PHA funding supporting groups across the Southern Trust area

Michael Scott

Reporter:

Michael Scott

Email:

michael.scott@ulstergazette.co.uk

ALMOST 50 projects within the Southern Trust area have benefited from investment by the Public Health Agency (PHA), it has been revealed.

Despite the difficulties coronavirus has caused this year, there are over 334 projects in communities across Northern Ireland that have benefited from over £975,000 investment by the PHA.

This investment has been the result of a short-term funding programme to support the mental and emotional wellbeing of communities, with thousands of participants of all ages and backgrounds benefiting.

One of the 49 groups funded within the Southern Trust area was Parenting NI. Through the short-term support fund they were able to support parents living in the Southern Trust area to better support their children’s emotional health through the provision of three workshops provided online called 'Supporting Children’s Emotional Health; Parenting in the Pandemic and Helping Children Manage Change in the Pandemic’.

Charlene Brooks, CEO at Parenting NI said: “Emotional health plays a central role in children’s mental and psychological development as well as their general health.

“Good emotional and mental health is important to help strengthen children’s capacity to build their resilience. During these challenging times for families, it is important to ensure they are supported now more than ever, to help combat the impact COVID-19.”

Parents who took part in the project said: “I have learned that many other parents share the same concerns as I have, which has helped me to be a little less hard on myself. I have now realised how important self-care is, I need to reduce my expectations and explore options to seek help. I shouldn’t be afraid to express my need for support.”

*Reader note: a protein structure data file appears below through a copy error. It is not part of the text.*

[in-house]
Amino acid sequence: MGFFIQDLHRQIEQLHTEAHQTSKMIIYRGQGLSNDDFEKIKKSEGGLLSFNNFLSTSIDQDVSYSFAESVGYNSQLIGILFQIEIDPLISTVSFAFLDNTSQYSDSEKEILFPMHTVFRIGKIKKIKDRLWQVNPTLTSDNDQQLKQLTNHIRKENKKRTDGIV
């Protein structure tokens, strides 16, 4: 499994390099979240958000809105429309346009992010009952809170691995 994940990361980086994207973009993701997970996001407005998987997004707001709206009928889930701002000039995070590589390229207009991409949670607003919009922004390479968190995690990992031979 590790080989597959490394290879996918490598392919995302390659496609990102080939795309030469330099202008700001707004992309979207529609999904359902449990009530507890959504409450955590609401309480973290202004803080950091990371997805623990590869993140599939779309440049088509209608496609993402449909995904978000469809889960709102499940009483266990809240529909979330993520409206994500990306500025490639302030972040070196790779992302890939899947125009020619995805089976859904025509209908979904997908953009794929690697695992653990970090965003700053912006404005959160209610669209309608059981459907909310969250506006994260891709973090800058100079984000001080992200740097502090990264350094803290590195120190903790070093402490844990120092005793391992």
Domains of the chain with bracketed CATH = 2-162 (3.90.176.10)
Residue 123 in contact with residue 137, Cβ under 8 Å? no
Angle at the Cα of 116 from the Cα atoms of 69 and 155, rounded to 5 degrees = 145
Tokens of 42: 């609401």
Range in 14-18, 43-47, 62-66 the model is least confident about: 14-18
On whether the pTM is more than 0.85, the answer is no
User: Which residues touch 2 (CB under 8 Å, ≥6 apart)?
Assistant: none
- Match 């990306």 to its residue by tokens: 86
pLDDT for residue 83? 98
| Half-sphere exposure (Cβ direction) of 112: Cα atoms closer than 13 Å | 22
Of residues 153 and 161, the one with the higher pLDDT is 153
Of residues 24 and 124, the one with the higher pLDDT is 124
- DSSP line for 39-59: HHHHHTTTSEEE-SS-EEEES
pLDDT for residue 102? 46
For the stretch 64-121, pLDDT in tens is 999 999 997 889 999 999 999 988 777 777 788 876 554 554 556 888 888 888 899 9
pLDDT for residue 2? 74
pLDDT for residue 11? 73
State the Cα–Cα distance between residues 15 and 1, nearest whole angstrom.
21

Another added : “This support has helped me to open up the communication more between my children  and  talk to them more about how they are feeling.”

Fiona Teague, Mental and Emotional Wellbeing lead at PHA, said: “Given the challenging environment that we have been experiencing with the impact of COVID-19, we wanted to respond quickly to help ensure wellbeing in our communities.

“The Public Health Agency was keen to fund programmes the communities that had a particular focus on those using one or more of the ‘Take 5’ Steps to Wellbeing’.  These are five simple steps that we can build into our daily lives to maintain and improve wellbeing – connect, be active, keep learning, give and take notice.

“The breadth, creativity and ingenuity of the projects is truly inspiring, and the groups’ commitment to creating then executing their ideas in these challenging times makes this even more impressive.”

The short-term funding programme has awarded grants of between £1,000 and £5,000 and have enabled community and voluntary sector groups to implement small-scale programmes within communities.

The investment has provided direct support in response to the impact of the COVID-19pandemic on our communities and demonstrated how they could contribute to building capacity, emotional resilience and mental and emotional wellbeing.

A spokesperson for the PHA said that Parenting NI’s project demonstrates the short-term funding programme has provided the opportunity for community and voluntary groups to build mental and physical resilience and to help people cope better during and after the COVID-19 pandemic.

Further information on future short-term funding programmes will be available directly from the PHA website.

To find out more about the Take 5 Steps to Wellbeing visit www.mindingyourhead.info

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